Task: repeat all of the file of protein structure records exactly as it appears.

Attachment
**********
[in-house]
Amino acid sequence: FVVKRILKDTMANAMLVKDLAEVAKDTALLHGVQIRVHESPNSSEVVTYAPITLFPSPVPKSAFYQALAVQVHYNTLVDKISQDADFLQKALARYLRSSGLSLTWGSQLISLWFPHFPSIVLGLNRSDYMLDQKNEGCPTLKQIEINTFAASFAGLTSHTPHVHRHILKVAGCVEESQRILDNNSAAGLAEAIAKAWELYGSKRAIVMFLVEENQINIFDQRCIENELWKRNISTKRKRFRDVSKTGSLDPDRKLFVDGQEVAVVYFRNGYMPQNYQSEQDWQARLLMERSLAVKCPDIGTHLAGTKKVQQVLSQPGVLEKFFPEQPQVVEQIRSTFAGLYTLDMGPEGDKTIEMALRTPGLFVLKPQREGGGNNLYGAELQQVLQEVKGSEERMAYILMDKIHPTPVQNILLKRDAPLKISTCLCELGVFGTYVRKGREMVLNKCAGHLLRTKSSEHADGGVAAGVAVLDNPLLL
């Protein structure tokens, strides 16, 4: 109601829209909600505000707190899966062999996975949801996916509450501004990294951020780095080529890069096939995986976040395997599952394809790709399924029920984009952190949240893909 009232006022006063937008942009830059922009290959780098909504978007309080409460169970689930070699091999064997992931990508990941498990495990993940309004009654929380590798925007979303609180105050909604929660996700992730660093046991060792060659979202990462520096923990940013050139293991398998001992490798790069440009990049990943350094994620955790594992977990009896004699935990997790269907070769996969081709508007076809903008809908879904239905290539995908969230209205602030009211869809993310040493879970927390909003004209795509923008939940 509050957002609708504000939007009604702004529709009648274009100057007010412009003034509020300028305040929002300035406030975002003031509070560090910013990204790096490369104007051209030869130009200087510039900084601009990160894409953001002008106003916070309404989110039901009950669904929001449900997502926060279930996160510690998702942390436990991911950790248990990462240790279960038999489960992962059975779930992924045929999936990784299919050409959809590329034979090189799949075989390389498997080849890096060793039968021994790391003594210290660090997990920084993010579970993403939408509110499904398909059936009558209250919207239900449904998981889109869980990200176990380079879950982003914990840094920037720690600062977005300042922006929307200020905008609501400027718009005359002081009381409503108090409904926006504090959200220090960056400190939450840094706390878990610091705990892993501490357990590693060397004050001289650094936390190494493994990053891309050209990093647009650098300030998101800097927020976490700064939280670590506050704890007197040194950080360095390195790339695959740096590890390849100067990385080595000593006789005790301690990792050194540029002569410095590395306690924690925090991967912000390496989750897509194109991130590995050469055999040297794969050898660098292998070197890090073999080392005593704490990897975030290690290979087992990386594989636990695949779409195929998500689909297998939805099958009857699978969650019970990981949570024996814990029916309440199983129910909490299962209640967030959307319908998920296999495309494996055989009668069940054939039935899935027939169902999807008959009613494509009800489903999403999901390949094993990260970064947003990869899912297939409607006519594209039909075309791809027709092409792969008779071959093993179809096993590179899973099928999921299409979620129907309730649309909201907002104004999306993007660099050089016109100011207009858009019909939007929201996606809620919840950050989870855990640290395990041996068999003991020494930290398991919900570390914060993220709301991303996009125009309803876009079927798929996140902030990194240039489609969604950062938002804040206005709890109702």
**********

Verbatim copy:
[in-house]
Amino acid sequence: FVVKRILKDTMANAMLVKDLAEVAKDTALLHGVQIRVHESPNSSEVVTYAPITLFPSPVPKSAFYQALAVQVHYNTLVDKISQDADFLQKALARYLRSSGLSLTWGSQLISLWFPHFPSIVLGLNRSDYMLDQKNEGCPTLKQIEINTFAASFAGLTSHTPHVHRHILKVAGCVEESQRILDNNSAAGLAEAIAKAWELYGSKRAIVMFLVEENQINIFDQRCIENELWKRNISTKRKRFRDVSKTGSLDPDRKLFVDGQEVAVVYFRNGYMPQNYQSEQDWQARLLMERSLAVKCPDIGTHLAGTKKVQQVLSQPGVLEKFFPEQPQVVEQIRSTFAGLYTLDMGPEGDKTIEMALRTPGLFVLKPQREGGGNNLYGAELQQVLQEVKGSEERMAYILMDKIHPTPVQNILLKRDAPLKISTCLCELGVFGTYVRKGREMVLNKCAGHLLRTKSSEHADGGVAAGVAVLDNPLLL
């Protein structure tokens, strides 16, 4: 109601829209909600505000707190899966062999996975949801996916509450501004990294951020780095080529890069096939995986976040395997599952394809790709399924029920984009952190949240893909 009232006022006063937008942009830059922009290959780098909504978007309080409460169970689930070699091999064997992931990508990941498990495990993940309004009654929380590798925007979303609180105050909604929660996700992730660093046991060792060659979202990462520096923990940013050139293991398998001992490798790069440009990049990943350094994620955790594992977990009896004699935990997790269907070769996969081709508007076809903008809908879904239905290539995908969230209205602030009211869809993310040493879970927390909003004209795509923008939940 509050957002609708504000939007009604702004529709009648274009100057007010412009003034509020300028305040929002300035406030975002003031509070560090910013990204790096490369104007051209030869130009200087510039900084601009990160894409953001002008106003916070309404989110039901009950669904929001449900997502926060279930996160510690998702942390436990991911950790248990990462240790279960038999489960992962059975779930992924045929999936990784299919050409959809590329034979090189799949075989390389498997080849890096060793039968021994790391003594210290660090997990920084993010579970993403939408509110499904398909059936009558209250919207239900449904998981889109869980990200176990380079879950982003914990840094920037720690600062977005300042922006929307200020905008609501400027718009005359002081009381409503108090409904926006504090959200220090960056400190939450840094706390878990610091705990892993501490357990590693060397004050001289650094936390190494493994990053891309050209990093647009650098300030998101800097927020976490700064939280670590506050704890007197040194950080360095390195790339695959740096590890390849100067990385080595000593006789005790301690990792050194540029002569410095590395306690924690925090991967912000390496989750897509194109991130590995050469055999040297794969050898660098292998070197890090073999080392005593704490990897975030290690290979087992990386594989636990695949779409195929998500689909297998939805099958009857699978969650019970990981949570024996814990029916309440199983129910909490299962209640967030959307319908998920296999495309494996055989009668069940054939039935899935027939169902999807008959009613494509009800489903999403999901390949094993990260970064947003990869899912297939409607006519594209039909075309791809027709092409792969008779071959093993179809096993590179899973099928999921299409979620129907309730649309909201907002104004999306993007660099050089016109100011207009858009019909939007929201996606809620919840950050989870855990640290395990041996068999003991020494930290398991919900570390914060993220709301991303996009125009309803876009079927798929996140902030990194240039489609969604950062938002804040206005709890109702």